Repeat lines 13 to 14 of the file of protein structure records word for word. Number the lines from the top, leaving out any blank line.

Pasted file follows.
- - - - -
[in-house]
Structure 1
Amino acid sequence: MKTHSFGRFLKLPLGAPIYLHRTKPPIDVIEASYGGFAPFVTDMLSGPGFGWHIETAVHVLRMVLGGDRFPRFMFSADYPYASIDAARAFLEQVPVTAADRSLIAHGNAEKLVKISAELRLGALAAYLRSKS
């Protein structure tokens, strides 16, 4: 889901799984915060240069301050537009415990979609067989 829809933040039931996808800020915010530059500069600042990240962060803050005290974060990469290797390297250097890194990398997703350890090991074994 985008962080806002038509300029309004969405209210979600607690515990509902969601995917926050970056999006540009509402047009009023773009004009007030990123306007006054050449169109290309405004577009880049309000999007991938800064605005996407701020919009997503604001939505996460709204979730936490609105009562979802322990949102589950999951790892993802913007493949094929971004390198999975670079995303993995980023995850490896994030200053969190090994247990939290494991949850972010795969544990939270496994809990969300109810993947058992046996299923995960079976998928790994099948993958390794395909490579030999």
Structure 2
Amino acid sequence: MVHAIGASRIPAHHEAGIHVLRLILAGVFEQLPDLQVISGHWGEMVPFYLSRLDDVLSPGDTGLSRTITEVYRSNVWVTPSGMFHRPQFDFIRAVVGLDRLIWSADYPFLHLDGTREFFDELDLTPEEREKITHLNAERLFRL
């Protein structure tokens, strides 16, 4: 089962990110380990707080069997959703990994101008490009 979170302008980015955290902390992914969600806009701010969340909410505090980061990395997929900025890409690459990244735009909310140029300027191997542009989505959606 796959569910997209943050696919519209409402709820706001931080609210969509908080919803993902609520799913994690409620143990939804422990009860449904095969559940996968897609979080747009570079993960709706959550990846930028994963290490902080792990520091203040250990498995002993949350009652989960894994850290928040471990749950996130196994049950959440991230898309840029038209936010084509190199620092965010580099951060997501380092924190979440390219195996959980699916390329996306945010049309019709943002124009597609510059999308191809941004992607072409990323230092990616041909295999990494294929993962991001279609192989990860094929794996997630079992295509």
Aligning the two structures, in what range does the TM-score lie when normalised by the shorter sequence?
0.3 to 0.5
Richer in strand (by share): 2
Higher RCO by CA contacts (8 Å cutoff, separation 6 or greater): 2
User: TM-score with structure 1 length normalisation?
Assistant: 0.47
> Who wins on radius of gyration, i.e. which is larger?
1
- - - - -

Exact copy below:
Assistant: 0.47
> Who wins on radius of gyration, i.e. which is larger?